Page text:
(Photographic Supplement, Plate 19)

Gypsies, Dark-skinned Mediterraneans, and South Arabian Veddoids

The Gypsies, who are believed to have left their home in the lower Indus Valley about the turn of the present millennium, and who arrived in Europe some four centuries later, belong, when comparatively unmixed, to a dark-skinned, small-bodied racial type of general Mediterranean appearance which is common in India.

FIG. 1 (2 views, photo V. Lebzelter, from "Anthropologische Untersuchungen an serbischen Ziguenern," MAGW, vol. 52, 1922). A nomadic Serbian Gypsy, apparently relatively pure, who shows the characteristic Gypsy combination of straight jet black hair, black eyes, and dark skin, in connection with Mediterranean facial features.

FIG. 2 (2 views). An English Gypsy of the Cooper family, whose ancestors moved to New England a century ago. Although some of the Coopers and Stanleys are blue-eyed and show other signs of non-Gypsy mixture, this individual possesses a sallow brownish skin, straight, coarse, shiny black hair, and dark brown eyes. He is apparently a relatively pure representative of the Gypsy prototype

FIG. 3 (2 views). Of much greater antiquity outside of India is a dark-skinned, black-eyed, and straight-haired Mediterranean type which appears with some frequency in southern Iraq and along the coasts of the Persian Gulf. This young sailor from Kuwait will serve as an example. The origin and affiliations of this type have not as yet been fully explained.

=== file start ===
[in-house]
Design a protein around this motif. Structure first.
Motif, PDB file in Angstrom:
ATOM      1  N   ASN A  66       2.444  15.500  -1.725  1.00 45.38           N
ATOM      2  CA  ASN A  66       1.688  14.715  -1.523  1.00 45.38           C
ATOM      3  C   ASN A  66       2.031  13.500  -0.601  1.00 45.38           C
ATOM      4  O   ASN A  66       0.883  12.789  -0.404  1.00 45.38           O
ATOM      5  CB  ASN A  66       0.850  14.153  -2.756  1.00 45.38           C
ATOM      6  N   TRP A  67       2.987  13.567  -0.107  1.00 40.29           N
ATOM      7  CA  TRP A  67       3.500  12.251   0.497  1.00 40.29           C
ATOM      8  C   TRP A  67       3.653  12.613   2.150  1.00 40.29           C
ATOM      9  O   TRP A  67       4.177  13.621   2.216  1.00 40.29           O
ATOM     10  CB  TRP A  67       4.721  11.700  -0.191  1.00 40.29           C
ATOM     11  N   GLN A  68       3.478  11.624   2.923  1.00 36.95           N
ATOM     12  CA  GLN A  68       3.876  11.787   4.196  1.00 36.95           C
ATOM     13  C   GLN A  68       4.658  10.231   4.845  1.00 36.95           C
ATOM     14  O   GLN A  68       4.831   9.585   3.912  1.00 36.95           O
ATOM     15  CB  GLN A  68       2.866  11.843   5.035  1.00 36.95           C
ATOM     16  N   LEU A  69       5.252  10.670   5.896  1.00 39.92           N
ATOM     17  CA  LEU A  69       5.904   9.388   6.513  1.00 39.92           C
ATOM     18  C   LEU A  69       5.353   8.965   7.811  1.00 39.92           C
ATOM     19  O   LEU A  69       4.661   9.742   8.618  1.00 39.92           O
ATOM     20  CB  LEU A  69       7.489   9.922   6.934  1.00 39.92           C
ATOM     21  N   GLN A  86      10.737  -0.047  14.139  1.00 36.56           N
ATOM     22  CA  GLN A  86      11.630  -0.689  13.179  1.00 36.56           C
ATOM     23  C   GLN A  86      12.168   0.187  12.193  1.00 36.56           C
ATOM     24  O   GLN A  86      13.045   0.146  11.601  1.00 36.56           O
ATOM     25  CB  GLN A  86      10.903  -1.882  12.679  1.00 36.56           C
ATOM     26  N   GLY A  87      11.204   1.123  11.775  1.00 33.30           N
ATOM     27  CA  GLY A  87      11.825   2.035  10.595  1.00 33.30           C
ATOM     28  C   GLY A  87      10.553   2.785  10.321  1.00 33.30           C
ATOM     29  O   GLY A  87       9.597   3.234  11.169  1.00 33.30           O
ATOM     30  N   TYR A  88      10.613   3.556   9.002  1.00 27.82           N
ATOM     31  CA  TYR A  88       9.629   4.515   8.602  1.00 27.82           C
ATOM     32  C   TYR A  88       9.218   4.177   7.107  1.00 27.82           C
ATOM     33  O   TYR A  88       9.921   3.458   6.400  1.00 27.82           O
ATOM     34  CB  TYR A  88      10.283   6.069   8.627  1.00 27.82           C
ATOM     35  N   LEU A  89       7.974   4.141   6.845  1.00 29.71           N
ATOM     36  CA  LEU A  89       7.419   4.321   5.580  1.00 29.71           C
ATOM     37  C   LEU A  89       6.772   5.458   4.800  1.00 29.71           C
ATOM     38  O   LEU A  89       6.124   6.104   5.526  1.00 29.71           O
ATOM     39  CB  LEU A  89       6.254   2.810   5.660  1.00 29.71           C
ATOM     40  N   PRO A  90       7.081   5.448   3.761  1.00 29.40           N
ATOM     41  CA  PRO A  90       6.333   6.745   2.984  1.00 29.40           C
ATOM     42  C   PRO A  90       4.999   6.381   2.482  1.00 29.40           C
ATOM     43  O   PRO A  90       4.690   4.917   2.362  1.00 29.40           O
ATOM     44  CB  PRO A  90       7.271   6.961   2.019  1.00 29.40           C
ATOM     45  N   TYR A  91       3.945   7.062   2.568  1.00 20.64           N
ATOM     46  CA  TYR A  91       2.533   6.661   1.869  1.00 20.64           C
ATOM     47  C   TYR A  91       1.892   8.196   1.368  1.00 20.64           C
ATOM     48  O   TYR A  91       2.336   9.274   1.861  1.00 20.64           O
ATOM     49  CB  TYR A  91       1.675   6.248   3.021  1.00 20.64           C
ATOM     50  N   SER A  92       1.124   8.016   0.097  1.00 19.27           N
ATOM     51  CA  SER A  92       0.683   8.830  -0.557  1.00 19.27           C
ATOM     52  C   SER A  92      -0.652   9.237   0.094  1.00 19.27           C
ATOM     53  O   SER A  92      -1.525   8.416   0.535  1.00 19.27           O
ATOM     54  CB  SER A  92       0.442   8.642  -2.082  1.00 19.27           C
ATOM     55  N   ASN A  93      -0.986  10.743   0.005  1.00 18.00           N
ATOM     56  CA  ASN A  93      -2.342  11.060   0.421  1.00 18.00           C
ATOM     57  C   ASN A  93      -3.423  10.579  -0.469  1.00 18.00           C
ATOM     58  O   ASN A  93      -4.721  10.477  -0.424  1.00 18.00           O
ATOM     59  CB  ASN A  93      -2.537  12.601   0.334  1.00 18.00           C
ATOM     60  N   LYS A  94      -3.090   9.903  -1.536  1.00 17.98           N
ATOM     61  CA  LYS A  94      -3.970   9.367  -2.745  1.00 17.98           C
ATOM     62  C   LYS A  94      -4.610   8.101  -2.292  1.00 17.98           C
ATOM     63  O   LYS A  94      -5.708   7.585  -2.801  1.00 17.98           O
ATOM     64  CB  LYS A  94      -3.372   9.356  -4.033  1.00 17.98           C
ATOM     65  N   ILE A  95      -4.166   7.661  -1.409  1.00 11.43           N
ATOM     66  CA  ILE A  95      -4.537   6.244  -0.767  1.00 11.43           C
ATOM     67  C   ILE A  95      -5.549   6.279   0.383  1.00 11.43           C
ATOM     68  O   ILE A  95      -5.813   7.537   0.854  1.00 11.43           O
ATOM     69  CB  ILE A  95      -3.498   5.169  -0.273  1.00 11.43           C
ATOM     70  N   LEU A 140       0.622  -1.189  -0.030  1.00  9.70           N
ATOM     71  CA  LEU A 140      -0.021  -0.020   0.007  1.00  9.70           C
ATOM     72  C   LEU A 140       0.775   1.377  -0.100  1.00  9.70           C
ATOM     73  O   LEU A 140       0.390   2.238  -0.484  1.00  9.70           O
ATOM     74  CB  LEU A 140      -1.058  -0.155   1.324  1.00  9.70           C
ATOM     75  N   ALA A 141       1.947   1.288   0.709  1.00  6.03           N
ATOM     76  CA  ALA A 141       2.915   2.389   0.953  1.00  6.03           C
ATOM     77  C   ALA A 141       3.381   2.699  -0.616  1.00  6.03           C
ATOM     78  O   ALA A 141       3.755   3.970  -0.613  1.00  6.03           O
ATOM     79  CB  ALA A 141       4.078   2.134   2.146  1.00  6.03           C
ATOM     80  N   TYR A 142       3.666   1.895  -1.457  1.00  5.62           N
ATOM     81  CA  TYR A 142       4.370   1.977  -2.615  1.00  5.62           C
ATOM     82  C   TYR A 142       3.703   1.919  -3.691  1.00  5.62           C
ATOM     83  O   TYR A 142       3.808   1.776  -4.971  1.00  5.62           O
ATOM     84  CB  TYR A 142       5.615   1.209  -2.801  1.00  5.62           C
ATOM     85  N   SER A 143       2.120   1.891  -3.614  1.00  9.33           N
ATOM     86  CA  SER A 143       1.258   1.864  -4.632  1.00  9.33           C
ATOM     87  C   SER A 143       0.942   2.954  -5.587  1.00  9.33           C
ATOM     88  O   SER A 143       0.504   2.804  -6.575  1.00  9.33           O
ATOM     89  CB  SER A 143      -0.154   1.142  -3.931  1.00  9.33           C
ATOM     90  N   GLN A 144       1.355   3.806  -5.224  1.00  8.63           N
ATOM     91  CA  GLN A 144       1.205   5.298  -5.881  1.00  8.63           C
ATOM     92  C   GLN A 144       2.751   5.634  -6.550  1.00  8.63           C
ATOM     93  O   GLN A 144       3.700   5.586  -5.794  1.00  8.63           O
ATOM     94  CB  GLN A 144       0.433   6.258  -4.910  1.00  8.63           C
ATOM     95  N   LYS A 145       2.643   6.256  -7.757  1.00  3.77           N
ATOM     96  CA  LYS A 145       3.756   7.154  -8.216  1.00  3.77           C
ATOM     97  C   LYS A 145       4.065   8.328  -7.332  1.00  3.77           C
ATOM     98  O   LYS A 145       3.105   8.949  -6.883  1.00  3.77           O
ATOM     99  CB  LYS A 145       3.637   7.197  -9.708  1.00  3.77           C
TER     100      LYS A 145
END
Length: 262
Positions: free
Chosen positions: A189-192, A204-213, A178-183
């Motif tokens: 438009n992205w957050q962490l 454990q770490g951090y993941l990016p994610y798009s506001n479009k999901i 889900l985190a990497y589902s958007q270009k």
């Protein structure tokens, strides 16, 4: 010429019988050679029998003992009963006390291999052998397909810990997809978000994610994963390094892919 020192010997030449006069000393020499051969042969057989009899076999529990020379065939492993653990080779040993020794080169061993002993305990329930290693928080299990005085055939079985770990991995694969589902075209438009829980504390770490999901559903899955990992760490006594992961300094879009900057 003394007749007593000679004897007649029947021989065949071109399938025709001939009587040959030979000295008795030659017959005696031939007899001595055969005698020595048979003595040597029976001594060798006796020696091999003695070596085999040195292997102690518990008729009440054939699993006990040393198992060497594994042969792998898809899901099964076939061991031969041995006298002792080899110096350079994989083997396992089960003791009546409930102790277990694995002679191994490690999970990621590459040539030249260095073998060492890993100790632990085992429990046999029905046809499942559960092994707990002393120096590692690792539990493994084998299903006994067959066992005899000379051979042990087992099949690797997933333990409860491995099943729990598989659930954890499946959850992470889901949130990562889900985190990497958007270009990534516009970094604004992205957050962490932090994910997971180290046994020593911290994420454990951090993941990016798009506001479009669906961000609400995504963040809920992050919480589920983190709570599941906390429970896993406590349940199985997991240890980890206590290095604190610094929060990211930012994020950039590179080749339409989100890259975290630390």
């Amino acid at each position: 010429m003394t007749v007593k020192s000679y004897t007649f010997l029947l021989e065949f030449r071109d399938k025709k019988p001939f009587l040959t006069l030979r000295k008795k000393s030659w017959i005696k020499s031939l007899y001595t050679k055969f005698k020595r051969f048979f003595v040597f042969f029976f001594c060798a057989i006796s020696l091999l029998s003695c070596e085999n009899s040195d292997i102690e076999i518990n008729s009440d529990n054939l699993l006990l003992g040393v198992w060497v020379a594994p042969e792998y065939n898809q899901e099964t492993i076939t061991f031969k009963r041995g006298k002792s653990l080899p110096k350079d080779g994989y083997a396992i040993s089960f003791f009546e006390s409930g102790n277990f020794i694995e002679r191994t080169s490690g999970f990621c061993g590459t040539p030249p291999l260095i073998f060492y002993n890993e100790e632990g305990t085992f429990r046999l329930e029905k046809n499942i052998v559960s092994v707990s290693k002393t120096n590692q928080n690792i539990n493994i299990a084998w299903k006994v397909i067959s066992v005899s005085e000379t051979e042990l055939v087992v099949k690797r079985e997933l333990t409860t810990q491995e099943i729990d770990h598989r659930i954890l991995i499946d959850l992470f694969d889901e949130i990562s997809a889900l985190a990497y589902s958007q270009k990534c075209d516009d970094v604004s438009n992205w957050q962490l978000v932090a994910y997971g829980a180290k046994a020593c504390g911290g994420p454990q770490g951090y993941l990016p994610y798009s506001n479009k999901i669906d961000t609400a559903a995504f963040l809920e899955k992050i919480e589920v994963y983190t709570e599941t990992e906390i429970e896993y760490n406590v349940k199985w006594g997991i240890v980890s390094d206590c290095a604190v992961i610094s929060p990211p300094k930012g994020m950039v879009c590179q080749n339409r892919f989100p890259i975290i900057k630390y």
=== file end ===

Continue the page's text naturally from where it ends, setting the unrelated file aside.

FIG. 4 (2 views). In southern Arabia, south of the Ruba' el Khali desert, the populations consist of a Mediterranean upper stratum overlaid upon a non-white racial group whose affinities are with the Vedda of Ceylon, and the curly-haired aboriginal tribes of southern India; more remotely, it possesses strong connections with the aborigines of Australia. The individual shown in Fig. 4 is an extreme example of this Veddoid prototype. Note the great prognathism, the ringlet hair form, the extreme nasion depression, and the general form of the nose and lips. Except for his light unexposed skin color, this individual, who is quite brown where exposed, could pass for an Australian aborigine.

FIG. 5 (2 views). A coarse type of Hadhramauti, who represents a mixture between the Veddoid element shown above and the Mediterranean race; or who might be called a less extreme example of the former.

FIG. 6 (2 views, photo Wm. M. Shanklin). A coarse, dark-skinned type of Ruwalla Bedawi. Among the North Arabian Bedawin, besides the more delicately formed Mediterranean types already observed, occur individuals who seem to show relationships with the Veddoid element on the other side of the desert, and perhaps also with the deeply pigmented element of southern Iraq, as exemplified by Fig. 3. Tribes and populations possessing these racial elements do not possess the normal 25 per cent of incipient blondism characteristic of most Mediterranean groups.